Analysis of two-dimensional Western blots

12th January 2017

Posted By Paul Boughton

Two-dimensional Western blots are challenging to analyse. Identification of which spots on the total protein gel correspond to the spots present on the Western blot is often the biggest challenge.

TotalLab Limited has developed a unique and easy-to-use software solution to address this challenge – SpotMap.

Previously most 2D gel electrophoresis software packages were developed for differential expression analysis, relying on high numbers of images with similar spot patterns.

Whereas the comparison of two-dimensional gels and Western blots is often based on a smaller number of images with very different spot patterns, SpotMap is the only software which has been developed to specifically address this need.

Designed to be an easy-to-use, reproducible and quick software solution, SpotMap creates a single spot pattern (the spot map) which is applied to all images in the analysis. Spot presence or absence on each image from this master spot map is used to identify those spots which are common or different between images. The ability to apply a single map to all images in the analysis is enabled by the alignment process.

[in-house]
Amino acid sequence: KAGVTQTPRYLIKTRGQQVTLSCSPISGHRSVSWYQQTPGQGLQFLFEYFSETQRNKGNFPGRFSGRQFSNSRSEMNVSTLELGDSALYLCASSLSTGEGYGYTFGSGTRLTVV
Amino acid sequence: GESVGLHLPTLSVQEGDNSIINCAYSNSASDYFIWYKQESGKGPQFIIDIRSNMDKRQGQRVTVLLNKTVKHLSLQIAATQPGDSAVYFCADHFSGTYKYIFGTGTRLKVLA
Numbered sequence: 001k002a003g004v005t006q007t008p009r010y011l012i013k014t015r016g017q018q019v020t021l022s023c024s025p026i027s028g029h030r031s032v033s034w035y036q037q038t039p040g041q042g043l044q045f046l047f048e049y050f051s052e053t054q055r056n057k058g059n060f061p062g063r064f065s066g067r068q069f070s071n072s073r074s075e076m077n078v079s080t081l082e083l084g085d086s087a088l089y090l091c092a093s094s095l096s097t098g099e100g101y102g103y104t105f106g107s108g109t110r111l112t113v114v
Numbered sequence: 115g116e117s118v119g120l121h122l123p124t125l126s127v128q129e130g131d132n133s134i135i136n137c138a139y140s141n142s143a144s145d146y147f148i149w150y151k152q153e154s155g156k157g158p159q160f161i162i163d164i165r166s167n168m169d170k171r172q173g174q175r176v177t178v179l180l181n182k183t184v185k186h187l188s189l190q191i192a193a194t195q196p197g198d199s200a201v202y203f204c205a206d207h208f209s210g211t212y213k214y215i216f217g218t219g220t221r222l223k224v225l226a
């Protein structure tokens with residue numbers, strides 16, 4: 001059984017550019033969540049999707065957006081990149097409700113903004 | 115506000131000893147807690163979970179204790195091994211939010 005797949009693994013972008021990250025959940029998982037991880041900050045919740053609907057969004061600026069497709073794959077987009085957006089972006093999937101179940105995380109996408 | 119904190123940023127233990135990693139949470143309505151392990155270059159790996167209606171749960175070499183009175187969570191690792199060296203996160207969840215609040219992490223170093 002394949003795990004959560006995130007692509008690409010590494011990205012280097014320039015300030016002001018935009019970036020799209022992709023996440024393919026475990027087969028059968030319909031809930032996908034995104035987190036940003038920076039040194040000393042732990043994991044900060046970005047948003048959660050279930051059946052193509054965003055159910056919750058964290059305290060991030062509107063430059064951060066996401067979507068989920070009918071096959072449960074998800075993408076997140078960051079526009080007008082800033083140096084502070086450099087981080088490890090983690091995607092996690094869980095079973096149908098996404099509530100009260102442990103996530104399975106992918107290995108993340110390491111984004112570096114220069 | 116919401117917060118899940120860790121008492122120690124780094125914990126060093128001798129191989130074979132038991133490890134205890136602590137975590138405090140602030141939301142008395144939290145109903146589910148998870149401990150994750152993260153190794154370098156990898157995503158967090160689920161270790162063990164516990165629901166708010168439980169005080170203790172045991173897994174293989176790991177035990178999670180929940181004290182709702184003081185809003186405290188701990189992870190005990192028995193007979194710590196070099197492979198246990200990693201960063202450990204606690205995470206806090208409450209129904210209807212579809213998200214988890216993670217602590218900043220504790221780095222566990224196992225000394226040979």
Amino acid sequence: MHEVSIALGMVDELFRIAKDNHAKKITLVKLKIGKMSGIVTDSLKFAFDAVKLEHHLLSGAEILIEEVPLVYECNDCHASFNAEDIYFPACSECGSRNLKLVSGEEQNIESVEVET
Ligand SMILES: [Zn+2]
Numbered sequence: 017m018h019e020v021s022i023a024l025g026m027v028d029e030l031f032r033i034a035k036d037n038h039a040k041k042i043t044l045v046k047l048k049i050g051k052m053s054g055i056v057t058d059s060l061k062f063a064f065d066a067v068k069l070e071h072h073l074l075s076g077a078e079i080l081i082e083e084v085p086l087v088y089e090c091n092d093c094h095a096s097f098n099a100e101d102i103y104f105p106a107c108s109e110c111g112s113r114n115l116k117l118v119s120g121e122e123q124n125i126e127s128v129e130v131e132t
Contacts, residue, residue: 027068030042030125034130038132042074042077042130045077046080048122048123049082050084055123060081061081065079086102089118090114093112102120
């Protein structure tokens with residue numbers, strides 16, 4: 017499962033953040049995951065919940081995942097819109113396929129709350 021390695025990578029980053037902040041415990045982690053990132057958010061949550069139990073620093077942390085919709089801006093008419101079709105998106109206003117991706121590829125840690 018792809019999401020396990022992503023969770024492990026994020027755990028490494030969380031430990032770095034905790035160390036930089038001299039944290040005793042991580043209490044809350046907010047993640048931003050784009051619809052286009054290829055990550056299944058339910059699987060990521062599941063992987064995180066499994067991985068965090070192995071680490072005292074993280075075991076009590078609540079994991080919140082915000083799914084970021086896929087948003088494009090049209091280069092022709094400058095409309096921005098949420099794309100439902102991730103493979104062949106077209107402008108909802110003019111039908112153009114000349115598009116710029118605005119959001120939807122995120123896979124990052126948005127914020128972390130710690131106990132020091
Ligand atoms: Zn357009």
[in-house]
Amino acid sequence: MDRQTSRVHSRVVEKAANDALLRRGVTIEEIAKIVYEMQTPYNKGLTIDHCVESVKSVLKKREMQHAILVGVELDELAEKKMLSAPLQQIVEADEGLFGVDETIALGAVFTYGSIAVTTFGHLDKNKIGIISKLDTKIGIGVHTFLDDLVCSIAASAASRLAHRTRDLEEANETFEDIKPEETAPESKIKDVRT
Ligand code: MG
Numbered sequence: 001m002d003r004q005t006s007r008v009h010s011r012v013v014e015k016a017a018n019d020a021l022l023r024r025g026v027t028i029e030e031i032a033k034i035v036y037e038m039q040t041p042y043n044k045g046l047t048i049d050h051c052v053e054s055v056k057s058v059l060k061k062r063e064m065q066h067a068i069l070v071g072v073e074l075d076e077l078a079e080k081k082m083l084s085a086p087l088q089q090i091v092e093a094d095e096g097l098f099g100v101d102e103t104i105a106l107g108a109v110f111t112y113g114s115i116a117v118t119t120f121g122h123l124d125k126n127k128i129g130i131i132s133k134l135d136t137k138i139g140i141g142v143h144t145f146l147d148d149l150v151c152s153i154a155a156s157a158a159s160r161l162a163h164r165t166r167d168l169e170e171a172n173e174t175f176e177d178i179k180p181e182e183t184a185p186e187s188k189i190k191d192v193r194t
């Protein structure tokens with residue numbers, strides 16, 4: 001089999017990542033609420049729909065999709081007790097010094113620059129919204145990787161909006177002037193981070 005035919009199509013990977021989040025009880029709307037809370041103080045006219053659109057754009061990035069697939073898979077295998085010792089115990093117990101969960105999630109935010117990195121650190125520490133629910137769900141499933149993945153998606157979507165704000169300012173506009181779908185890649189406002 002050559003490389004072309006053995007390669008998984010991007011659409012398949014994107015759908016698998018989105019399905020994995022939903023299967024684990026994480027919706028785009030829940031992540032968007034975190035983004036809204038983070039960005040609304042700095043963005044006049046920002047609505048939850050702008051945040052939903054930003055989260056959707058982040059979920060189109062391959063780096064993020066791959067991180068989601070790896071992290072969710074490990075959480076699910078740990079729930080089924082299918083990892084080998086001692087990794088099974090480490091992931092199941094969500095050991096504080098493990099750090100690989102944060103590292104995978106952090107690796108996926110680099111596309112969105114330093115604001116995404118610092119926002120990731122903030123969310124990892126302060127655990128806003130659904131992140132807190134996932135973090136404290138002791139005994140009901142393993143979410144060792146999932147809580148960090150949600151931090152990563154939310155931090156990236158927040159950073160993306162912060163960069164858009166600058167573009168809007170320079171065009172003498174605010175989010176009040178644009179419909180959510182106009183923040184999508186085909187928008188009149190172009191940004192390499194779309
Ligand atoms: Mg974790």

Alignment is a key step within TotalLab’s 2D analysis software, it removes the positional variation introduced during the gel running, Western blotting and imaging processes to allow direct comparison of corresponding spots between images.

The process uses vectors to directly overlay the spot patterns, this can be either automatic, manual or both. Once the spot patterns of each image are in the same coordinate space, the single spot map can be applied to any image in the analysis and matching spots will fall within the same outlines.

The use of a single spot map for comparison of spots between gels and Western blots allows the use of objective filters to identify the presence or absence of a spot from a given image. SpotMap can also be used for comparative analysis of gel images, for example; comparisons of total protein profiles of different strains or species.

The number of spots present on each image is compared and the relative percentage coverage of spots between images is calculated.







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